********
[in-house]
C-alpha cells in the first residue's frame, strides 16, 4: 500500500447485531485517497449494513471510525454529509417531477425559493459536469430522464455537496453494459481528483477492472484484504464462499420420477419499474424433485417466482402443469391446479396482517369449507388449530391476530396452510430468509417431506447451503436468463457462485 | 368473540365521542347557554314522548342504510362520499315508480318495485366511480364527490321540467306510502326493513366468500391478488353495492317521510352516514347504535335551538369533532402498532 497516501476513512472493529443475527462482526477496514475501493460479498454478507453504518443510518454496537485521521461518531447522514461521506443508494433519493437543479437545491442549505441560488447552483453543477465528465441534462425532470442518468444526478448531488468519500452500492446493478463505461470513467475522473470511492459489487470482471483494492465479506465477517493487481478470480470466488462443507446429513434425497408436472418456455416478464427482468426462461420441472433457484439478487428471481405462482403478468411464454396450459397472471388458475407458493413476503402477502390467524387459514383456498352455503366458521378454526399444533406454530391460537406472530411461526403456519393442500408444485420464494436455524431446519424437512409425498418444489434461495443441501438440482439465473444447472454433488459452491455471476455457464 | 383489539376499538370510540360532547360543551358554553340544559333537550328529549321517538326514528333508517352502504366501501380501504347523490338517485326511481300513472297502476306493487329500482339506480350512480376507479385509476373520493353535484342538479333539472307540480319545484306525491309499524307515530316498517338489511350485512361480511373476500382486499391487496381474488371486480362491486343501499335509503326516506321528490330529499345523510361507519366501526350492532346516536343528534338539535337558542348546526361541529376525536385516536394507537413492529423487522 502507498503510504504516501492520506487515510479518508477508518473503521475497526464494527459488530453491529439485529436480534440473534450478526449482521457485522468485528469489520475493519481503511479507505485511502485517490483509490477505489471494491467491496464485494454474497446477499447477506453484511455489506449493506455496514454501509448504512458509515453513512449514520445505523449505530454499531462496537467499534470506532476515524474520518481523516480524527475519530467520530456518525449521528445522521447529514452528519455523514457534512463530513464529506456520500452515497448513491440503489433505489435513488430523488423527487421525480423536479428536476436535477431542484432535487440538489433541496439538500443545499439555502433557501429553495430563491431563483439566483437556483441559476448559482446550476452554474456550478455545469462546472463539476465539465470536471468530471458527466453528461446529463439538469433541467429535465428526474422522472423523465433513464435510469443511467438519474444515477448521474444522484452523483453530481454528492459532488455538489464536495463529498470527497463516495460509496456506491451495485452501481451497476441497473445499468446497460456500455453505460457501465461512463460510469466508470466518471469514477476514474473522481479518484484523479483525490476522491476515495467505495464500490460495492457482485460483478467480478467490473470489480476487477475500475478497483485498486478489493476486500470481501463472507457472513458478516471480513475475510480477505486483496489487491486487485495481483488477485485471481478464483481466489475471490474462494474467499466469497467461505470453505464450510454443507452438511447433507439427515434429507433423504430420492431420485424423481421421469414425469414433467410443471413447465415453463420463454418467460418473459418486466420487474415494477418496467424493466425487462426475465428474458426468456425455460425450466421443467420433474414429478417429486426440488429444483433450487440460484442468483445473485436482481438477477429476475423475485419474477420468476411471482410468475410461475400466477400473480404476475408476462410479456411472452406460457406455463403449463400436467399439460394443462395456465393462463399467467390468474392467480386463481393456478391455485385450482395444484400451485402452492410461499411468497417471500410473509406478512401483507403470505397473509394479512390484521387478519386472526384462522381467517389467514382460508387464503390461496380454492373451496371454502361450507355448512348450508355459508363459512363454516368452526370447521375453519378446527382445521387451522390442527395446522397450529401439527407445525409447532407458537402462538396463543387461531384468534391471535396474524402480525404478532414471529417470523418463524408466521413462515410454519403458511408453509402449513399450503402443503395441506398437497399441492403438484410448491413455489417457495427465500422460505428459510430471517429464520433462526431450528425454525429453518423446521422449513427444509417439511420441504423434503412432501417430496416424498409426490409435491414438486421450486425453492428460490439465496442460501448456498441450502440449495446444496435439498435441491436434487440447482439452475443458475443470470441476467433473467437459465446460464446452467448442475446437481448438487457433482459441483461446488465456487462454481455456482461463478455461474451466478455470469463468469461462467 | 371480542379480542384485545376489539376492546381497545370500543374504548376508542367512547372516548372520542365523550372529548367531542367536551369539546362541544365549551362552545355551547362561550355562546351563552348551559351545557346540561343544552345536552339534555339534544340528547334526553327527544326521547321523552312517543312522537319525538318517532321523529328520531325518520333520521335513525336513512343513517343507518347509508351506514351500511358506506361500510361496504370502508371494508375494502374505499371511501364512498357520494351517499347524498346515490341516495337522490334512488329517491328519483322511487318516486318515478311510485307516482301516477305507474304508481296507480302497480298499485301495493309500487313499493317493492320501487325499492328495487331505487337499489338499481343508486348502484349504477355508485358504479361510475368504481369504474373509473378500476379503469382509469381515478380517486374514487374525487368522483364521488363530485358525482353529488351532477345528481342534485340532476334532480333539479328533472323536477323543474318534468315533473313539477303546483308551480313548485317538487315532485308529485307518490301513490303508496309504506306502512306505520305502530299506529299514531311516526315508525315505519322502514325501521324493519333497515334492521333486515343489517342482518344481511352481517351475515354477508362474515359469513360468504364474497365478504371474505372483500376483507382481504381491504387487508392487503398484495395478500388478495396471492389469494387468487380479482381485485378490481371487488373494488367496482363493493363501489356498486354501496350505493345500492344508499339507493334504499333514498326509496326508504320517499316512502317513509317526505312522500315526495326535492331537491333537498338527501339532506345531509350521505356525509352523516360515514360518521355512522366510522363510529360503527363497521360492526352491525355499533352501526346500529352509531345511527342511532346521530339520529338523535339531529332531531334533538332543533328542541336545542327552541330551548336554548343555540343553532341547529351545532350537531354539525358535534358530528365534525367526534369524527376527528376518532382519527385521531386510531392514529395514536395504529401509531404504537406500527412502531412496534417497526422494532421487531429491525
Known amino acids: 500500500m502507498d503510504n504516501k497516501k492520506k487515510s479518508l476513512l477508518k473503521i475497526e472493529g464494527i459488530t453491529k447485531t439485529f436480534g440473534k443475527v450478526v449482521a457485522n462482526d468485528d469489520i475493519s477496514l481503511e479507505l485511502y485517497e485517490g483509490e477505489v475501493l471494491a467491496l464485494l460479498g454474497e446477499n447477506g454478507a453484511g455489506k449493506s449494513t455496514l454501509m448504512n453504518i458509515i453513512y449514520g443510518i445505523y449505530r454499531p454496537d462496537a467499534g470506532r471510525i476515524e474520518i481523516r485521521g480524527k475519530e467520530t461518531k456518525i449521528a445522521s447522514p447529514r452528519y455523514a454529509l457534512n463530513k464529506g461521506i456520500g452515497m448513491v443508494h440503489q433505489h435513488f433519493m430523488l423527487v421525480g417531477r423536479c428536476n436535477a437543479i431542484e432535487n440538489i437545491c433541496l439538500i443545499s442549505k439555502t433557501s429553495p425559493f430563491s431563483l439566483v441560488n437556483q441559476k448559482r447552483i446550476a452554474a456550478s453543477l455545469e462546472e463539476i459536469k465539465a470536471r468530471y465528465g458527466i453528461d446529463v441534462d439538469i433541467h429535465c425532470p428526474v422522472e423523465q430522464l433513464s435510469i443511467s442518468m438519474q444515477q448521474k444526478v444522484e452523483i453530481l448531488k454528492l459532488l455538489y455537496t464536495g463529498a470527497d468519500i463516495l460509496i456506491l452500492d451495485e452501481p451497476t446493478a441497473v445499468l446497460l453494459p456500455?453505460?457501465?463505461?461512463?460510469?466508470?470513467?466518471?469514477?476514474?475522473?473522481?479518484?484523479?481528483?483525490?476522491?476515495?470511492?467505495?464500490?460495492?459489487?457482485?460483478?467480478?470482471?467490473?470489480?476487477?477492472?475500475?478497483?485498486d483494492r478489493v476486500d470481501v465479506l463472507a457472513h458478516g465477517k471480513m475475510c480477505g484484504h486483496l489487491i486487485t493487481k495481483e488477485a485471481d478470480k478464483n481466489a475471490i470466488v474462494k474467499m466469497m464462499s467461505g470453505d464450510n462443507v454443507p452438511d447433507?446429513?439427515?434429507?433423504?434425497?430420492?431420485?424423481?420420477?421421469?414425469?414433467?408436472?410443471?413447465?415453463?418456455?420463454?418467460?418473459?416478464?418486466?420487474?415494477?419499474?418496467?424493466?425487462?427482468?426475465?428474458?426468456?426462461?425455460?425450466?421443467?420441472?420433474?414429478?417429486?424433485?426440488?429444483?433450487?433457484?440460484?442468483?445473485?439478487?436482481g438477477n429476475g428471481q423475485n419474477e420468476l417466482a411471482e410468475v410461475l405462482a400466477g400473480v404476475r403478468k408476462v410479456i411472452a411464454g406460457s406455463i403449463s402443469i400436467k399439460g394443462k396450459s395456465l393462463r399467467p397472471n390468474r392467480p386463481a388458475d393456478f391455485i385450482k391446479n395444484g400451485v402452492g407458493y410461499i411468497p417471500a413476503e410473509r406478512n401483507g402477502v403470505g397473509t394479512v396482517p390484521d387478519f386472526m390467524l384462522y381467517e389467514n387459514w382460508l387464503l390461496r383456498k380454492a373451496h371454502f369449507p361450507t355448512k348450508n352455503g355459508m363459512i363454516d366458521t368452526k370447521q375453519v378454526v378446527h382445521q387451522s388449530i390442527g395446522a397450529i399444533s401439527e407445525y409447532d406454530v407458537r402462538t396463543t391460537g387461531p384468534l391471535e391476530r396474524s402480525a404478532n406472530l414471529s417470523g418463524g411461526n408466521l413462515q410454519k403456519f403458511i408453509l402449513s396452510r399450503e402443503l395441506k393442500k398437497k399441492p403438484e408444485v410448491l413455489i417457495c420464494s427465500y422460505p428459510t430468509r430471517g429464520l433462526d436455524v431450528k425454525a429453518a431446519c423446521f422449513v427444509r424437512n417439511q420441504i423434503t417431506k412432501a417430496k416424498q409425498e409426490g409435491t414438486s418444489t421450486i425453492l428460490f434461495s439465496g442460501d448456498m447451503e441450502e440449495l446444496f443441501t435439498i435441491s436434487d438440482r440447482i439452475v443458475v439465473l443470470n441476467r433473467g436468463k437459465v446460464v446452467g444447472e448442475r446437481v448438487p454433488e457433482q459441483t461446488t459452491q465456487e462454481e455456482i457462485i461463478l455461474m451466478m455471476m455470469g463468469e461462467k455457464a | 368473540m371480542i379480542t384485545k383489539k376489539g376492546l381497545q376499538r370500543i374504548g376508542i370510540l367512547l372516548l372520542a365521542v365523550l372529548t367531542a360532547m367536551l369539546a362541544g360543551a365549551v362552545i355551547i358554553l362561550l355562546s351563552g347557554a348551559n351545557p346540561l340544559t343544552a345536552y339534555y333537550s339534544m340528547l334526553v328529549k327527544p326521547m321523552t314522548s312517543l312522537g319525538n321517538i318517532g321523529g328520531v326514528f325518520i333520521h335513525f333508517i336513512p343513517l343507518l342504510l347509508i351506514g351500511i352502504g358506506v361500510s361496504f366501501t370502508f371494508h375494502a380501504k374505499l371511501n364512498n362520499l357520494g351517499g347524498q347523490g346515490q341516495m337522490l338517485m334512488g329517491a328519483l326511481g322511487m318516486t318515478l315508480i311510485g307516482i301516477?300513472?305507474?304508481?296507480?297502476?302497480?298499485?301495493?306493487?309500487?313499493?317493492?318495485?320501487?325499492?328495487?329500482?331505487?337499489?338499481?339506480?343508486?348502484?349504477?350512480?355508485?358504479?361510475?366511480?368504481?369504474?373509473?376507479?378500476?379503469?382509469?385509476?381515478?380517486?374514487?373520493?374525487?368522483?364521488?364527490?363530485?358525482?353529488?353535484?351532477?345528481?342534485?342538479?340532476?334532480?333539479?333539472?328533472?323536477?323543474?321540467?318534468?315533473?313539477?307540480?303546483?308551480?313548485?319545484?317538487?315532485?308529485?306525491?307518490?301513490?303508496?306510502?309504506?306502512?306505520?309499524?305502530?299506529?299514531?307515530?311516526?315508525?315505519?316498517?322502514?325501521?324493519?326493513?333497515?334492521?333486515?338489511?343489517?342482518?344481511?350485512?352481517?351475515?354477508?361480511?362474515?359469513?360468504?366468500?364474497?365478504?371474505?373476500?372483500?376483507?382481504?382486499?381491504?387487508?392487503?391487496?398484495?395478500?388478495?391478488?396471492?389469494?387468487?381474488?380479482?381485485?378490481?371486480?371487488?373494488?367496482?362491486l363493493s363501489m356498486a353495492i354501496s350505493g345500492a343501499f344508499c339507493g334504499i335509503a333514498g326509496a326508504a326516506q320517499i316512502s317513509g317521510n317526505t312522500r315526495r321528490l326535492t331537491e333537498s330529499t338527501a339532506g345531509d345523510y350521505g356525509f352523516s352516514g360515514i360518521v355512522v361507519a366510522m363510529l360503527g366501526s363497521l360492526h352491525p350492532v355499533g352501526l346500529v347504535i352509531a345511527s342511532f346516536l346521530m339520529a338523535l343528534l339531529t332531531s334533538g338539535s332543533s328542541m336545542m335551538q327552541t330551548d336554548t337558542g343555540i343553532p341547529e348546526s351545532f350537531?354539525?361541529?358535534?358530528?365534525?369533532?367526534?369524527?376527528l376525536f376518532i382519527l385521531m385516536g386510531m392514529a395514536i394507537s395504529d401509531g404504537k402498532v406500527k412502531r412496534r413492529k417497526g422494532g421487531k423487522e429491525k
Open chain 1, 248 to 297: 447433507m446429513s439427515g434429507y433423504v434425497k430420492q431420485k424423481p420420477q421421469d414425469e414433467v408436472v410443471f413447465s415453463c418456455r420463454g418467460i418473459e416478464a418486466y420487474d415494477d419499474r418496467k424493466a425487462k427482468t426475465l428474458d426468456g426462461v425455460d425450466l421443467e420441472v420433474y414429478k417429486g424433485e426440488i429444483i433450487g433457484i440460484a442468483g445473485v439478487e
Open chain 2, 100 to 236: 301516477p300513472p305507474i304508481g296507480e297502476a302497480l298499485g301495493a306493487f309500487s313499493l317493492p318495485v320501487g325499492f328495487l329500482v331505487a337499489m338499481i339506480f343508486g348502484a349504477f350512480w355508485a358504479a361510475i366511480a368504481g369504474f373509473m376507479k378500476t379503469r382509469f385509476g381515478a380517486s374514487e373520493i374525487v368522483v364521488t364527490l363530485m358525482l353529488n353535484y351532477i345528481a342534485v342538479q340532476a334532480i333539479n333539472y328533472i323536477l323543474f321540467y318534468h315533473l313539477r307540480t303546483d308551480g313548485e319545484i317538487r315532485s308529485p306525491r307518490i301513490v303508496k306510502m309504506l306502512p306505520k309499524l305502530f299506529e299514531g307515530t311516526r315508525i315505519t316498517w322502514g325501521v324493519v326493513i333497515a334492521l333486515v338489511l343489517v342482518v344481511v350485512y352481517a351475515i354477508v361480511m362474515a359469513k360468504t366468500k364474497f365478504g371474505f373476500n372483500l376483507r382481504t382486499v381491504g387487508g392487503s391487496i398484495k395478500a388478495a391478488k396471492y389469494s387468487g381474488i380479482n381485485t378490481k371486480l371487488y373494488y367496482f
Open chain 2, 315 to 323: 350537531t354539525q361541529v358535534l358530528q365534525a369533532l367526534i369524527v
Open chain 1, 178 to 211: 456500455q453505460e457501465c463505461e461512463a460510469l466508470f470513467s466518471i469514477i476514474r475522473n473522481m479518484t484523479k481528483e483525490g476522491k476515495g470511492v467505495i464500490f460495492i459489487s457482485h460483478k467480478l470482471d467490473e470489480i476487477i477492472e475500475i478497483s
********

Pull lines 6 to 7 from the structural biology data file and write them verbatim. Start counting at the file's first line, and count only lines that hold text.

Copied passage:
Open chain 2, 315 to 323: 350537531t354539525q361541529v358535534l358530528q365534525a369533532l367526534i369524527v
Open chain 1, 178 to 211: 456500455q453505460e457501465c463505461e461512463a460510469l466508470f470513467s466518471i469514477i476514474r475522473n473522481m479518484t484523479k481528483e483525490g476522491k476515495g470511492v467505495i464500490f460495492i459489487s457482485h460483478k467480478l470482471d467490473e470489480i476487477i477492472e475500475i478497483s